20.8.2 Participatory processes in research and practice
Participatory processes can help to create dialogues that link and mutually instruct researchers, practitioners, communities and governments. There are, however, challenges in applying these processes as a methodology for using dialogue and narrative (i.e., communication of quantitative and qualitative information) to influence social learning and decision-making, including governance.
Knowledge about climate-change adaptation and sustainable development can be translated into public policy through processes that generate usable knowledge. The idea of usable knowledge in climate assessments stems from the experiences of national and international bodies (academies, boards, committees, panels, etc.) that offer credible and legitimate information to policymakers through transparent multi-disciplinary processes (Lemos and Morehouse, 2005). It requires the inclusion of local knowledge, including indigenous knowledge (see Box 20.1), to complement more formal technical understanding generated through scientific research and the consideration of the role that institutions and governance play in the translation of scientific information into effective action.
Box 20.1. Role of local and indigenous knowledge in adaptation and sustainability research
Research on indigenous environmental knowledge has been undertaken in many countries, often in the context of understanding local oral histories and cultural attachment to place. A survey of research during the 1980s and early 1990s was produced by Johnson (1992). Reid et al. (2006) outline the many technical and social issues related to the intersection of different knowledge systems, and the challenge of linking the scales and contexts associated with these forms of knowledge. With the increased interest in climate change and global environmental change, recent studies have emerged that explore how indigenous knowledge can become part of a shared learning effort to address climate-change impacts and adaptation, and its links with sustainability. Some examples are indicated here.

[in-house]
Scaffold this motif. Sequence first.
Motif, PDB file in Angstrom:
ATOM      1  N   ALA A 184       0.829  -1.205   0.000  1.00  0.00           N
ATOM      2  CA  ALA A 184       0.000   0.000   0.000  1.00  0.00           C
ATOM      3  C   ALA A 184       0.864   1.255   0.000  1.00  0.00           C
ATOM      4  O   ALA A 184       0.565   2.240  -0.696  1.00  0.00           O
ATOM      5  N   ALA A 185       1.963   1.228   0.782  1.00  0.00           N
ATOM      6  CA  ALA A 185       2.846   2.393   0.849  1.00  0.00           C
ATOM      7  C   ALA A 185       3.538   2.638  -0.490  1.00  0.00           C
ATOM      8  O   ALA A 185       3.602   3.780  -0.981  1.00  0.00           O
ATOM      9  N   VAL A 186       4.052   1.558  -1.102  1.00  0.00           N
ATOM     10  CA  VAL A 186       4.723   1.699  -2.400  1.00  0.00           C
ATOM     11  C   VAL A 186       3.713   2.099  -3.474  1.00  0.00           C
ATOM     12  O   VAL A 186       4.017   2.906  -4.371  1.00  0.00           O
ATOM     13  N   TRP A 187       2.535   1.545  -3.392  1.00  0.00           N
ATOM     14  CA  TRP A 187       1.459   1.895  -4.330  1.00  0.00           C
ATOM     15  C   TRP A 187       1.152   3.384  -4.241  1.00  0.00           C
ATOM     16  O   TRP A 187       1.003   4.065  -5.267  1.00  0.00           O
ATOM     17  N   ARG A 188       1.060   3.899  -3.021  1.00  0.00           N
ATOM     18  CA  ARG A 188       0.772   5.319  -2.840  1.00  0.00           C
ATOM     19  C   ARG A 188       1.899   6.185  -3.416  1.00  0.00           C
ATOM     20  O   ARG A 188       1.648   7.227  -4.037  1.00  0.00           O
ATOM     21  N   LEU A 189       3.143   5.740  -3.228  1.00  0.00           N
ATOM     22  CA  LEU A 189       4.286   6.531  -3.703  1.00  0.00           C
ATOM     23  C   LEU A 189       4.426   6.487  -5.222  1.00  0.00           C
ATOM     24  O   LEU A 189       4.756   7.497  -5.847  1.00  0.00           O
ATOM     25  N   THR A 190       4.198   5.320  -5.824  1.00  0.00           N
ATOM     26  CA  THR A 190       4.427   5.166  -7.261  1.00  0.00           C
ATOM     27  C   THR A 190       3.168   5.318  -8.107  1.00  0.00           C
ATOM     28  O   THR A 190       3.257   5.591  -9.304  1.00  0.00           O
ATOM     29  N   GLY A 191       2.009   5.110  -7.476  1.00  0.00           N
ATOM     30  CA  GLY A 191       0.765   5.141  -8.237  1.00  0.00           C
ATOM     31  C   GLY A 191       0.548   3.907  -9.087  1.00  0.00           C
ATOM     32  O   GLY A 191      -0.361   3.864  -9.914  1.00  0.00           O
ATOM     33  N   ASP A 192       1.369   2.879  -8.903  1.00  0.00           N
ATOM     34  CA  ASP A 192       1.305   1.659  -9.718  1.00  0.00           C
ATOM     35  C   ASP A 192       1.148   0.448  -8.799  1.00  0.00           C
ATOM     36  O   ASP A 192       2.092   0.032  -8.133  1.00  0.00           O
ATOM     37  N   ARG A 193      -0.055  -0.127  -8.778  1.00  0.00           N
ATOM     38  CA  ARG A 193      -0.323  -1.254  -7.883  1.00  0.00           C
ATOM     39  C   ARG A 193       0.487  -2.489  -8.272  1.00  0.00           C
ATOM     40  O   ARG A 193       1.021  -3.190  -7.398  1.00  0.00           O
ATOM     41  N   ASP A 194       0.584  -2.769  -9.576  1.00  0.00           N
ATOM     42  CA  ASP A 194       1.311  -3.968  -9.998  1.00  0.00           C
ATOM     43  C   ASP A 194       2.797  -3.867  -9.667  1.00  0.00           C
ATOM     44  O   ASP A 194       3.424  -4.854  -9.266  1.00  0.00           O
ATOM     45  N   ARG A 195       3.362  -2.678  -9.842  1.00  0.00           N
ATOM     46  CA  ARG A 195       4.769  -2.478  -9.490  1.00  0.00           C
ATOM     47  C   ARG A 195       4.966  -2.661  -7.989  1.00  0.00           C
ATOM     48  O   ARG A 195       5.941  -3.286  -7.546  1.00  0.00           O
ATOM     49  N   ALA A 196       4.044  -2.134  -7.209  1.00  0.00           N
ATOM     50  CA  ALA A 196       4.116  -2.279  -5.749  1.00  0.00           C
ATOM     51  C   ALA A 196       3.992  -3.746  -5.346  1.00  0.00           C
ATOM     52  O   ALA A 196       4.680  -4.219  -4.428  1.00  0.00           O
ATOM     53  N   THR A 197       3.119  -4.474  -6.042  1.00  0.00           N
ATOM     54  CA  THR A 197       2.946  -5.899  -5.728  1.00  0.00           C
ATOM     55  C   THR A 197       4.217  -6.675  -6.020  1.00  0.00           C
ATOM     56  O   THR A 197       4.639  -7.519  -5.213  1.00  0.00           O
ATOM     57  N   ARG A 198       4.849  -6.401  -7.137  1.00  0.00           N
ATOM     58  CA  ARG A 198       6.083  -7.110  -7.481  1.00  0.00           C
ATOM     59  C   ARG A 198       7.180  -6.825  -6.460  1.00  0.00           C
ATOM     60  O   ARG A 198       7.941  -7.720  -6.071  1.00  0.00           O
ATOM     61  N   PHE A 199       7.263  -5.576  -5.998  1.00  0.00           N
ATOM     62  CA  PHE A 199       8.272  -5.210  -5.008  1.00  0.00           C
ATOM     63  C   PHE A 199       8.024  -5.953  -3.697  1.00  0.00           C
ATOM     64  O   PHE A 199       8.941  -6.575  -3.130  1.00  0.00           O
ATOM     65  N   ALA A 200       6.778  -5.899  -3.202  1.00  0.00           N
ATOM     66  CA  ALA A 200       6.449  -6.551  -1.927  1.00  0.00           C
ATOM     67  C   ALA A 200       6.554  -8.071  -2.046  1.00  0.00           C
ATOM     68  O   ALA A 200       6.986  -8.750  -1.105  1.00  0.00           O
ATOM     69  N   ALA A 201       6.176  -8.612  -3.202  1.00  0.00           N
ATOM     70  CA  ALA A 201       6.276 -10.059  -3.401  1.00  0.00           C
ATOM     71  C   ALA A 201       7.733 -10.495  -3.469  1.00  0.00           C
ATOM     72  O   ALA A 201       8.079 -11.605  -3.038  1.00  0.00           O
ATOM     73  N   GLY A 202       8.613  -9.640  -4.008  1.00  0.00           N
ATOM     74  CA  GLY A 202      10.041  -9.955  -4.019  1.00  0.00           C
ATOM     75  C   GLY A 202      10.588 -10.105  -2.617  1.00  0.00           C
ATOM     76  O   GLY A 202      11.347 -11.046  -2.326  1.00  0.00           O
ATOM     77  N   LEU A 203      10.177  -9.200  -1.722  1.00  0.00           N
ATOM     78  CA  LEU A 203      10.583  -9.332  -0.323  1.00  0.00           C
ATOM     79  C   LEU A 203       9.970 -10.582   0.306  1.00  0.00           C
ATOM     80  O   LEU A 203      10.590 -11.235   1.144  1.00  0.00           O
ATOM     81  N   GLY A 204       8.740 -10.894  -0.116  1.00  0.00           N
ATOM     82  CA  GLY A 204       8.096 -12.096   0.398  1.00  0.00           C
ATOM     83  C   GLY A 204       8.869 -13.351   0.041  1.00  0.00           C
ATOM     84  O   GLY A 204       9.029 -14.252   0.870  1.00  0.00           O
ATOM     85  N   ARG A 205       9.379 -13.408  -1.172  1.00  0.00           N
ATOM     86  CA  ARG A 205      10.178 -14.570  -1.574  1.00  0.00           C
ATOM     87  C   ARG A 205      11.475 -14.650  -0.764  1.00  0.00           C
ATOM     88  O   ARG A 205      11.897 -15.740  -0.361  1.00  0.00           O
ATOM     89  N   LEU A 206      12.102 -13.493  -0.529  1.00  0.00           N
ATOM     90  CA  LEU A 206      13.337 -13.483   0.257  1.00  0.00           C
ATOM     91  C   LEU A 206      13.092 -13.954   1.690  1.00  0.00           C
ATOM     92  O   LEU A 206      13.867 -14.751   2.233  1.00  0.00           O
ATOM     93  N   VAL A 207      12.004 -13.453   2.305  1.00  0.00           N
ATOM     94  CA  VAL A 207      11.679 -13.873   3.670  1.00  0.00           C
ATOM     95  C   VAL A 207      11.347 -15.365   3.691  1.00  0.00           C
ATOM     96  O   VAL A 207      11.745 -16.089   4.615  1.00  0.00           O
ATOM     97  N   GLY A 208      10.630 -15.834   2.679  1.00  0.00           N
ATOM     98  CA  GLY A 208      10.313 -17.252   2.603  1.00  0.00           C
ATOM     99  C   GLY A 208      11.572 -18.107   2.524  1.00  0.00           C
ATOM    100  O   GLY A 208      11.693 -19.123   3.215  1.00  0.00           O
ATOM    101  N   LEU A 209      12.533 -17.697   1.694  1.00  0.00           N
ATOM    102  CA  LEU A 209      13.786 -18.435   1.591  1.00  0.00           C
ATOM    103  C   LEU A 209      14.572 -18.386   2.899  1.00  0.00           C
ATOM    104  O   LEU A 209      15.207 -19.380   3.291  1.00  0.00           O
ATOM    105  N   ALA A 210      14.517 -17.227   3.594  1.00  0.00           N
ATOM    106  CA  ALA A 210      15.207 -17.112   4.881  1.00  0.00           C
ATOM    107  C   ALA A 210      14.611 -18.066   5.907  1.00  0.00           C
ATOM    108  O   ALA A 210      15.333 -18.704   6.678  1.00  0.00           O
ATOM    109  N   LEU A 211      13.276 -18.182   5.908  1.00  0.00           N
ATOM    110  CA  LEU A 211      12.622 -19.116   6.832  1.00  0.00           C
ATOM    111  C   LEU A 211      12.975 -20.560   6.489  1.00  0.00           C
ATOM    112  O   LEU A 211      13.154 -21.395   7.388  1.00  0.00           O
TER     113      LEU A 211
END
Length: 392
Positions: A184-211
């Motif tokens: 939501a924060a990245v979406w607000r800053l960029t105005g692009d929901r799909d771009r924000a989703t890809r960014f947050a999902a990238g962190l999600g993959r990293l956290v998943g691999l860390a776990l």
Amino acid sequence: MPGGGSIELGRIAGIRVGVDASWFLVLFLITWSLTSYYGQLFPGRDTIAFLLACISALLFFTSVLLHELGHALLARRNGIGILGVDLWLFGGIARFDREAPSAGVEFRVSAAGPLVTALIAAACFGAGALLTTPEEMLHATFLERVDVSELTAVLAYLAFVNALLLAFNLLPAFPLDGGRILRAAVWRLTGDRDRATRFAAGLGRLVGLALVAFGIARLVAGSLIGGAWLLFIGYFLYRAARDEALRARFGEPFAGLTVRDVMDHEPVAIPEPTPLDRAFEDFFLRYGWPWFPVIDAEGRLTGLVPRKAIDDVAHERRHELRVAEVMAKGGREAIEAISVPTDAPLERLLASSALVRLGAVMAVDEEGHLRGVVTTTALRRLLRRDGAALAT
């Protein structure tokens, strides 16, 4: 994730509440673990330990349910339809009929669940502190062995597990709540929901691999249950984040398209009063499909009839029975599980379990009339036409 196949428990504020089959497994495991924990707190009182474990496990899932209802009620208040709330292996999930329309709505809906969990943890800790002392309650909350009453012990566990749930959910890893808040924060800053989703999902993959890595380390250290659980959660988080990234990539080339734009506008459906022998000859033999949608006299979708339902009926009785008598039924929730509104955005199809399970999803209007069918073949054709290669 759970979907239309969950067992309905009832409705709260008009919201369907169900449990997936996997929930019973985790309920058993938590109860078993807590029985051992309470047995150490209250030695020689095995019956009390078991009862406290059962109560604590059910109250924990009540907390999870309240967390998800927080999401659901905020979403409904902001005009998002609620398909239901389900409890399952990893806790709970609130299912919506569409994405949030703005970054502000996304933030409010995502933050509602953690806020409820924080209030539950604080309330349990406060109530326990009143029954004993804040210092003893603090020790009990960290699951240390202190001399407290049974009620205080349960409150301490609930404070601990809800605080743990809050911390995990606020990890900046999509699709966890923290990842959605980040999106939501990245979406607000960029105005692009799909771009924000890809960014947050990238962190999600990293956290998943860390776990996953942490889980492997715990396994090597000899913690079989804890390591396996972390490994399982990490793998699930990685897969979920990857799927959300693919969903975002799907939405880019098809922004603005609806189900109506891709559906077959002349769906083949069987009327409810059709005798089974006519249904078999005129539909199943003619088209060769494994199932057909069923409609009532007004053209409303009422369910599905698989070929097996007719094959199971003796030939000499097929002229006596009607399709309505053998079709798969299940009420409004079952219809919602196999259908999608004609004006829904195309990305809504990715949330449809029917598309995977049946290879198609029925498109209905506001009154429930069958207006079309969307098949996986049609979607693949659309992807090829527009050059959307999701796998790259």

Sutherland et al. (2005) describe a community-based vulnerability assessment in Samoa, addressing both future changes in climate-related exposure and future challenges for improving adaptive capacity. Twinomugisha (2005) describes the dangers of not considering local knowledge in dialogues on food security in Uganda.
A scenario-building exercise in Costa Rica has been undertaken as part of the Millennium Ecosystem Assessment (MA, 2005). This was a collaborative study in which indigenous communities and scientists developed common visions of future development. Two pilot five-year storylines were constructed, incorporating aspects of coping with external drivers of development (Bennett and Zurek, 2006). Although this was not directly addressing climate change, it demonstrates the potential for joint scenario-building incorporating different forms of knowledge.
In Arctic Canada, traditional knowledge was used as part of an assessment which recognised the implications of climate change for the ecological integrity of a large freshwater delta (NRBS, 1996). In another case, an environmental assessment of a proposed mine was produced through a partnership with governments and indigenous peoples. Knowledge to facilitate sustainable development was identified as an explicit goal of the assessment, and climate-change impacts were listed as one of the long-term concerns for the region (WKSS, 2001).
Vlassova (2006) describes results of interviews of indigenous peoples of the Russian North on climate and environmental trends within the Russian boreal forest. Additional examples from the Arctic are described in ACIA (2005), Reidlinger and Berkes (2001), Krupnik and Jolly (2002), Furgal et al. (2006) and Chapter 15.